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I pass by the minor articles of potashes, &c., manufactured from the residue after the distillation of the spirit, which shows, however, that nothing is lost.
Thus we find that after about three quarters of a century the prediction of Achard has been literally and fully realised.
The benefits created in a country by such a marvellous industry are prodigious. As the manufacturing season only lasts from the beginning of October to the end of January, it requires a large number of hands, taken from amongst the field labourers, bricklayers, plasterers and other trades, whose regular employments are stopped during the rigorous winter months.
I think it unnecessary to enlarge any further on the advantages which are derived from this branch of industry, both agricultural and manufacturing. May I not therefore express my astonishment that industrious and enterprising England is almost the only country where the beet is not cultivated for these purposes.
Even Spain, though possessing Cuba and Manilla, has nevertheless begun the cultivation of the beetroot by establishing a dozen manufactories. Holland also, that next to England has the greatest Sugar Colonies, producing about 200,000 tons, and consequently having an interest identical with that of England, has lately commenced the same industry.
When I consider the backward state of agriculture and the deplorable absence of manufacturing industry in Ireland, particularly in the West, it is indeed surprising that no effort has been made, by an association of capitalists, or by private individuals, to develop the agricultural resources of that fine country, in connexion with such manufactures that of beet sugar.
aware that serious obstacles exist, arising from the difficulty of collecting the proper revenue from excisable articles manufactured in the country. But when we see that France, Belgium, Holland, not
to speak of the German League, which have also to contend with this very same difficulty, have nevertheless emerged gloriously from this struggle, I do not see what should prevent our doing the same, as even now in Ireland an excise duty is collected on spirit there distilled, and beet sugar in France pays nearly double the duties levied at present in England, viz., 17s. on 1 cwt. of unrefined beet sugar. The arrangements for collecting the duties are as follows: they have entrepots in the centres of the great growing and manufacturing districts, such as Lille, Valencienne, Douai, Cambrai, and St. Quentin, and a great metropolitan entrepot in Paris. The duty must either be paid before the sugar leaves the manufactory, or it must be placed in entrepot within a certain short time after it is made. The example of France, therefore, tells powerfully in favour of my argument. It has been stated that an Irish beet crop would yield on the average nearly half as much more per acre than the French, the soil and climate being favourable for the growth of beet; while improvements in agriculture, united to British capital, would increase the production still more. At the time when beet-root was first tried in Ireland, an objection was made, which I consider totally fallacious, namely, that Irish beet sugar obtained by free labour could not compete with Colonial sugar raised by slave labour.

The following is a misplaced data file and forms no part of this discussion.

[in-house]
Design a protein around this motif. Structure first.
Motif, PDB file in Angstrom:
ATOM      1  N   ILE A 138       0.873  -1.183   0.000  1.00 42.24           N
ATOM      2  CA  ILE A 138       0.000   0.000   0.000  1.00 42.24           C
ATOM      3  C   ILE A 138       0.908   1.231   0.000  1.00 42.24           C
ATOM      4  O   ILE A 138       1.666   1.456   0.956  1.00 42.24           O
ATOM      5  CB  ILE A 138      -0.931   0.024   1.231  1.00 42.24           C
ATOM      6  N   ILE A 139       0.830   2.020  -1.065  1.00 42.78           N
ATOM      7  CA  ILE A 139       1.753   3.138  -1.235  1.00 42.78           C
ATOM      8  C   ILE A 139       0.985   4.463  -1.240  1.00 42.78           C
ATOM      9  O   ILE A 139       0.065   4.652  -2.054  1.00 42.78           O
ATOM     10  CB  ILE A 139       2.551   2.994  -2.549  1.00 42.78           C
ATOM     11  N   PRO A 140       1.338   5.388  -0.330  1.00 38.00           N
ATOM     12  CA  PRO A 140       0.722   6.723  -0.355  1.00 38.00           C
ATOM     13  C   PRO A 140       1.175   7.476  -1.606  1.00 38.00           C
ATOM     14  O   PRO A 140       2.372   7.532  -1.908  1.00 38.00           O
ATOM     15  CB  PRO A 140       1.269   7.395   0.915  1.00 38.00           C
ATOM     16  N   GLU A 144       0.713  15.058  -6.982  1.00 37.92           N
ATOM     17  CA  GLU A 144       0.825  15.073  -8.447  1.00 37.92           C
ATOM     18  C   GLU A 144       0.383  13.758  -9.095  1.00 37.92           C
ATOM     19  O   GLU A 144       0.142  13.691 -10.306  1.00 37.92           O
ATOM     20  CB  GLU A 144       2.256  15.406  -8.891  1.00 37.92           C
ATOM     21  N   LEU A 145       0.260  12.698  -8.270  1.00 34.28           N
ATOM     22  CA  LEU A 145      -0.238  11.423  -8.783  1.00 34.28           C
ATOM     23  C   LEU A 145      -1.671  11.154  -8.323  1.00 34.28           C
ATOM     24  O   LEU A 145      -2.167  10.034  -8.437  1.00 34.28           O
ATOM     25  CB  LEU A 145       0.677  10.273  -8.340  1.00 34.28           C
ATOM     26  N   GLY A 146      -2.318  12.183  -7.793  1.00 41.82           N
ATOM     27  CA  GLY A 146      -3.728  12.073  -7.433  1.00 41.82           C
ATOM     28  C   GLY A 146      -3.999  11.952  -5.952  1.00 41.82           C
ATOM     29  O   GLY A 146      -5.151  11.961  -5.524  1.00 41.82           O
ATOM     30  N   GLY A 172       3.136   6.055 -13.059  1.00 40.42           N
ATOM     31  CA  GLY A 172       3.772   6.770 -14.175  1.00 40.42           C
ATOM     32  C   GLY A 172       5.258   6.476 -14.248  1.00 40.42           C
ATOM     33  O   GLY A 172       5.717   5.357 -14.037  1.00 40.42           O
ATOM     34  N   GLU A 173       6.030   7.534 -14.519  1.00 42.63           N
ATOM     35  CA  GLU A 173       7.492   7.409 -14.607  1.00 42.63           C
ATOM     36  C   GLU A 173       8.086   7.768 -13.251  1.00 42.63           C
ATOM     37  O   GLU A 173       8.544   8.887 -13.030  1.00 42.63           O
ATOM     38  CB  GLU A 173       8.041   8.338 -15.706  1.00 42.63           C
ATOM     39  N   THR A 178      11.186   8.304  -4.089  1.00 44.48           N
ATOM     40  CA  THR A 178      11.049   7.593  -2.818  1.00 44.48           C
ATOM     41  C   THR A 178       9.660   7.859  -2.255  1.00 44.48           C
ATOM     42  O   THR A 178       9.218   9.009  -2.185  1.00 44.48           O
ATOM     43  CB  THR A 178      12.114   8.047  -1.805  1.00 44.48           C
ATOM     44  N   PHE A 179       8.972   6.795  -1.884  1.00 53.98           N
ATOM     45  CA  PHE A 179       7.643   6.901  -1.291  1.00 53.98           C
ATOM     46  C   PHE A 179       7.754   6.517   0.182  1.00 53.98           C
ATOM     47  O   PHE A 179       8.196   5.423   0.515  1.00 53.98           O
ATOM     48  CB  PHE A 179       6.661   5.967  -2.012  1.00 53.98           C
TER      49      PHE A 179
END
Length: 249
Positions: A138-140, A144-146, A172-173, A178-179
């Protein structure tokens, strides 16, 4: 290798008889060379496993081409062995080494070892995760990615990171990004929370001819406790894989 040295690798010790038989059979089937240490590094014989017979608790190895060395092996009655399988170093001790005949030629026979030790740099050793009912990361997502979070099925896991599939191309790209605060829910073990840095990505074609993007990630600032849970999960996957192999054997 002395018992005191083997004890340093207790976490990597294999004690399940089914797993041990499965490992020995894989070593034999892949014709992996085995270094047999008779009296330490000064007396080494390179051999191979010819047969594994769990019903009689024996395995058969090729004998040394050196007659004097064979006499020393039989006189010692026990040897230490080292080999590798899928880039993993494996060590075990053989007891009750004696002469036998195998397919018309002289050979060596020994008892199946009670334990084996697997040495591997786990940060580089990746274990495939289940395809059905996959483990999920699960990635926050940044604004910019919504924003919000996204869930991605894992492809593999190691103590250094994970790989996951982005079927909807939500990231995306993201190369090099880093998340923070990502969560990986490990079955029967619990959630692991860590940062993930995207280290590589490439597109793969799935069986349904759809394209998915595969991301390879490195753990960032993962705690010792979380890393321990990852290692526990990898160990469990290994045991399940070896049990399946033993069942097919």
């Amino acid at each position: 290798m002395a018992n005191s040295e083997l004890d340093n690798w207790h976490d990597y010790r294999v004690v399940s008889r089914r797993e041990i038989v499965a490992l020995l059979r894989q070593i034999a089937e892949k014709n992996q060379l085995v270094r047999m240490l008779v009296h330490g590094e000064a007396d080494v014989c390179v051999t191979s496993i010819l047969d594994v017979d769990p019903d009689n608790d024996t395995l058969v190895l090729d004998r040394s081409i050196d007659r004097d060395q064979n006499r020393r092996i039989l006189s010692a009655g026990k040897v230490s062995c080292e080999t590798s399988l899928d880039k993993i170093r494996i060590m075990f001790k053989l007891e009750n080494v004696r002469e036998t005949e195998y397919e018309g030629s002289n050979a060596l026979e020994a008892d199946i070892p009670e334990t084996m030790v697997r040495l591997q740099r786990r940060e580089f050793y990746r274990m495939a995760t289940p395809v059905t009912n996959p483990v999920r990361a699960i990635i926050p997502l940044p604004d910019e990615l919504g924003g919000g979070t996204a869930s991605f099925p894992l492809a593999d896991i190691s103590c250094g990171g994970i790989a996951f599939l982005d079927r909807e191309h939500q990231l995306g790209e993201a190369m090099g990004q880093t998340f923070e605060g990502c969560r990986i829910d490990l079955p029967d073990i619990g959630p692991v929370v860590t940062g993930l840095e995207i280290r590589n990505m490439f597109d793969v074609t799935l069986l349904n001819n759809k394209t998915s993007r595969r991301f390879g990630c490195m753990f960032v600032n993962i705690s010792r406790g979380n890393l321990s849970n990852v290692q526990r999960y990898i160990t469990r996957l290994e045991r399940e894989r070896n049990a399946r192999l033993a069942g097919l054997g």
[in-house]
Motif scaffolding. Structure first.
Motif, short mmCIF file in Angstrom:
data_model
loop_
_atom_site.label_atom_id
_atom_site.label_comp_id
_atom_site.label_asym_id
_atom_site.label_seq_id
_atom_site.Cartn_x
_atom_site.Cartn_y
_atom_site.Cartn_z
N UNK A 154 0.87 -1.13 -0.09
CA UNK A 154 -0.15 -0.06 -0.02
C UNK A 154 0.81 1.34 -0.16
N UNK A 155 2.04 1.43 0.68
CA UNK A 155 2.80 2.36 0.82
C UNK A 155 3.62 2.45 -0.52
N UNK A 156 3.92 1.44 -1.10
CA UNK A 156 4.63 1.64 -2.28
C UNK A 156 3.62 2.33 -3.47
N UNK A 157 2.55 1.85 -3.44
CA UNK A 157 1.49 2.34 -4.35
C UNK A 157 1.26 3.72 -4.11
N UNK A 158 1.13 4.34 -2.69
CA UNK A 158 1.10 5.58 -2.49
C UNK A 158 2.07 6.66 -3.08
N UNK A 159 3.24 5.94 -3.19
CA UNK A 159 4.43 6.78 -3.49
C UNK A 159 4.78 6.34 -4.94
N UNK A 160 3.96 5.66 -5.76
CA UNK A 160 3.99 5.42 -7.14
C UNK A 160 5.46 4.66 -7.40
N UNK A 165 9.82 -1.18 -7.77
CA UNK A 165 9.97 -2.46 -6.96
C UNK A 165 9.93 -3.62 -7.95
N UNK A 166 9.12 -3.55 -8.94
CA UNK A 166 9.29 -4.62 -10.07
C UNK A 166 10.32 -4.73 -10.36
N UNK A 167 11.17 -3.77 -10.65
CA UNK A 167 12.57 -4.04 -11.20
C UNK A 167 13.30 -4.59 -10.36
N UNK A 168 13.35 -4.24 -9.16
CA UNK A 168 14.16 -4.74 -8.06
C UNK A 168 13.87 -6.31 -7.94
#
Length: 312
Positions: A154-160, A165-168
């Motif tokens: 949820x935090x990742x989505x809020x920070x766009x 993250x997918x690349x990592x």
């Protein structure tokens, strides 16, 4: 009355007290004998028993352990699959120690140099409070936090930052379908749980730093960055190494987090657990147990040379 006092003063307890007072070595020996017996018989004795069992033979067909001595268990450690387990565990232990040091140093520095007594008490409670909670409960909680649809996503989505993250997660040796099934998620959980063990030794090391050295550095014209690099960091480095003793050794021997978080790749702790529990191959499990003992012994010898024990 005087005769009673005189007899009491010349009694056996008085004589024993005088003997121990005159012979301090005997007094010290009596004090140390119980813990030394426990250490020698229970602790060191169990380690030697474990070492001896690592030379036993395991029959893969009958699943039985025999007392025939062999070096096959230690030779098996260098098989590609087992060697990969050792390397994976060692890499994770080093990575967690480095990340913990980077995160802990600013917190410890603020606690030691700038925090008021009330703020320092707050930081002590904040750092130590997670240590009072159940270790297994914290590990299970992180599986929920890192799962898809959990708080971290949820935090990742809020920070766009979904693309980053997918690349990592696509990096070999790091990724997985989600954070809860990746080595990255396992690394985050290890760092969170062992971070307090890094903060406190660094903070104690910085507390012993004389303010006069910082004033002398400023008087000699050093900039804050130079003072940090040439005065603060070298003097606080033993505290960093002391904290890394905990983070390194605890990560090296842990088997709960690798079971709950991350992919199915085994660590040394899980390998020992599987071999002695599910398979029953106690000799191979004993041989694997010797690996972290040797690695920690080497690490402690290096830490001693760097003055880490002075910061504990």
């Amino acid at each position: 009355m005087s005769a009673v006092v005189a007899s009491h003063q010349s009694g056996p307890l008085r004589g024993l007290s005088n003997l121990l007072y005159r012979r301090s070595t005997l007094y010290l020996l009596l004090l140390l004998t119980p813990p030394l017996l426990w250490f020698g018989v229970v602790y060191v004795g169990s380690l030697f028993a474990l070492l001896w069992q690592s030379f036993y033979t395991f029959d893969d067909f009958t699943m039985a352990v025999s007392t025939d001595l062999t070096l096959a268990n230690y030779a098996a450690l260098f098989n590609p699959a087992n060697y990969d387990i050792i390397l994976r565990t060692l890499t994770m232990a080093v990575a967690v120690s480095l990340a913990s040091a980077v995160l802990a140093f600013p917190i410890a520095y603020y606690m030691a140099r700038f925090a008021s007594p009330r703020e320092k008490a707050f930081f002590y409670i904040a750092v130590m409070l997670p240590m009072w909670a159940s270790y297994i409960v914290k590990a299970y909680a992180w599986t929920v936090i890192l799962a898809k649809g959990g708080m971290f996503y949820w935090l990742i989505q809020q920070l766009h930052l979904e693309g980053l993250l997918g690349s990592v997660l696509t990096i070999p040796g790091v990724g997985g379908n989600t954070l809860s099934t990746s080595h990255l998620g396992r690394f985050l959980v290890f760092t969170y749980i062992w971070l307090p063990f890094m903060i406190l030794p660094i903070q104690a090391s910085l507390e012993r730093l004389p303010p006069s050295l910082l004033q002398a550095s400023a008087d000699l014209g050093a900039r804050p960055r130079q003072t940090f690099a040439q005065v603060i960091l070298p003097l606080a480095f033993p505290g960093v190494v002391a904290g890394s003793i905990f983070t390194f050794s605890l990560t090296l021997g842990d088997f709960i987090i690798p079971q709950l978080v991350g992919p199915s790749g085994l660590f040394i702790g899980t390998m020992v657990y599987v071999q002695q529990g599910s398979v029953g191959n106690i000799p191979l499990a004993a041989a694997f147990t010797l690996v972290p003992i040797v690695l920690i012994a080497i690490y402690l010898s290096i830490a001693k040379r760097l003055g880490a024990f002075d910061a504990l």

The growth of a plant in every country depends on temperature, amount of sunlight, and degree of moisture; the mean temperature of Ireland is higher than most of the corngrowing countries, but its mean summer and autumnal temperature are in general lower. Of all the principal corngrowing countries Ireland is the wettest; and this very circumstance, which is supposed to render Ireland not so fit as other countries for the growth of corn, makes it therefore peculiarly suited for the growth of crops which are cultivated on account of their bulbs, stems and roots. Besides, the cultivation of this root improves the land for a rotation of crops, and the following rotation is the best recommended